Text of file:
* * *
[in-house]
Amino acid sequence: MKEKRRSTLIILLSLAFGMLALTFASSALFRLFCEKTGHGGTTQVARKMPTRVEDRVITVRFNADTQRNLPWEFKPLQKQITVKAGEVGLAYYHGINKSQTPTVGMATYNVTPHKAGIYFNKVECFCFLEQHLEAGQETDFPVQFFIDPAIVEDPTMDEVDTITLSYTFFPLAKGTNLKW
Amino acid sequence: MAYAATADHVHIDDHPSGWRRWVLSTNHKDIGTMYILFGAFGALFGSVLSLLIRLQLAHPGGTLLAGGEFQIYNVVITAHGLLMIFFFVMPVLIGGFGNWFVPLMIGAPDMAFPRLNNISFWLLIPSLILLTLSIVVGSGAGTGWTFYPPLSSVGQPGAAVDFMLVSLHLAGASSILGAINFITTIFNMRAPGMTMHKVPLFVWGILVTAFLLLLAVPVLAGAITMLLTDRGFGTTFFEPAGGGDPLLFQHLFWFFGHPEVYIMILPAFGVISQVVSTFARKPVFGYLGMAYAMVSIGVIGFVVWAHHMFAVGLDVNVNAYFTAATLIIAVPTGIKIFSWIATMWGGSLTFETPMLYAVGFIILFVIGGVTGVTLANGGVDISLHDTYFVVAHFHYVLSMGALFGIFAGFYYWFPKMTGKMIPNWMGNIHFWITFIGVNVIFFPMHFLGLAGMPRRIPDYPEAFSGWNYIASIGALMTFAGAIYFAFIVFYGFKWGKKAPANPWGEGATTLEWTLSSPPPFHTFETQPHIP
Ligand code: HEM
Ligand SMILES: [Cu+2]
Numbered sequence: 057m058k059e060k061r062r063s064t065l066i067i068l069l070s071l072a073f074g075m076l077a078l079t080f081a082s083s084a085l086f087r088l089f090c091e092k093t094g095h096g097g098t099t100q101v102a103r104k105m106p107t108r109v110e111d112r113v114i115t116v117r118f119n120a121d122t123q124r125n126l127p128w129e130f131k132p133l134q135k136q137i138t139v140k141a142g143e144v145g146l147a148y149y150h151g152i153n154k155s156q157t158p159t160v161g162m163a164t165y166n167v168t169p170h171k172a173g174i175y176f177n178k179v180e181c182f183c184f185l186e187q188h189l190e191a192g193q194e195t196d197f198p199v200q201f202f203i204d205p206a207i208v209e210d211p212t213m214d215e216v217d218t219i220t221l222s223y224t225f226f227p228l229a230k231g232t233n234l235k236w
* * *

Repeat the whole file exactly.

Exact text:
[in-house]
Amino acid sequence: MKEKRRSTLIILLSLAFGMLALTFASSALFRLFCEKTGHGGTTQVARKMPTRVEDRVITVRFNADTQRNLPWEFKPLQKQITVKAGEVGLAYYHGINKSQTPTVGMATYNVTPHKAGIYFNKVECFCFLEQHLEAGQETDFPVQFFIDPAIVEDPTMDEVDTITLSYTFFPLAKGTNLKW
Amino acid sequence: MAYAATADHVHIDDHPSGWRRWVLSTNHKDIGTMYILFGAFGALFGSVLSLLIRLQLAHPGGTLLAGGEFQIYNVVITAHGLLMIFFFVMPVLIGGFGNWFVPLMIGAPDMAFPRLNNISFWLLIPSLILLTLSIVVGSGAGTGWTFYPPLSSVGQPGAAVDFMLVSLHLAGASSILGAINFITTIFNMRAPGMTMHKVPLFVWGILVTAFLLLLAVPVLAGAITMLLTDRGFGTTFFEPAGGGDPLLFQHLFWFFGHPEVYIMILPAFGVISQVVSTFARKPVFGYLGMAYAMVSIGVIGFVVWAHHMFAVGLDVNVNAYFTAATLIIAVPTGIKIFSWIATMWGGSLTFETPMLYAVGFIILFVIGGVTGVTLANGGVDISLHDTYFVVAHFHYVLSMGALFGIFAGFYYWFPKMTGKMIPNWMGNIHFWITFIGVNVIFFPMHFLGLAGMPRRIPDYPEAFSGWNYIASIGALMTFAGAIYFAFIVFYGFKWGKKAPANPWGEGATTLEWTLSSPPPFHTFETQPHIP
Ligand code: HEM
Ligand SMILES: [Cu+2]
Numbered sequence: 057m058k059e060k061r062r063s064t065l066i067i068l069l070s071l072a073f074g075m076l077a078l079t080f081a082s083s084a085l086f087r088l089f090c091e092k093t094g095h096g097g098t099t100q101v102a103r104k105m106p107t108r109v110e111d112r113v114i115t116v117r118f119n120a121d122t123q124r125n126l127p128w129e130f131k132p133l134q135k136q137i138t139v140k141a142g143e144v145g146l147a148y149y150h151g152i153n154k155s156q157t158p159t160v161g162m163a164t165y166n167v168t169p170h171k172a173g174i175y176f177n178k179v180e181c182f183c184f185l186e187q188h189l190e191a192g193q194e195t196d197f198p199v200q201f202f203i204d205p206a207i208v209e210d211p212t213m214d215e216v217d218t219i220t221l222s223y224t225f226f227p228l229a230k231g232t233n234l235k236w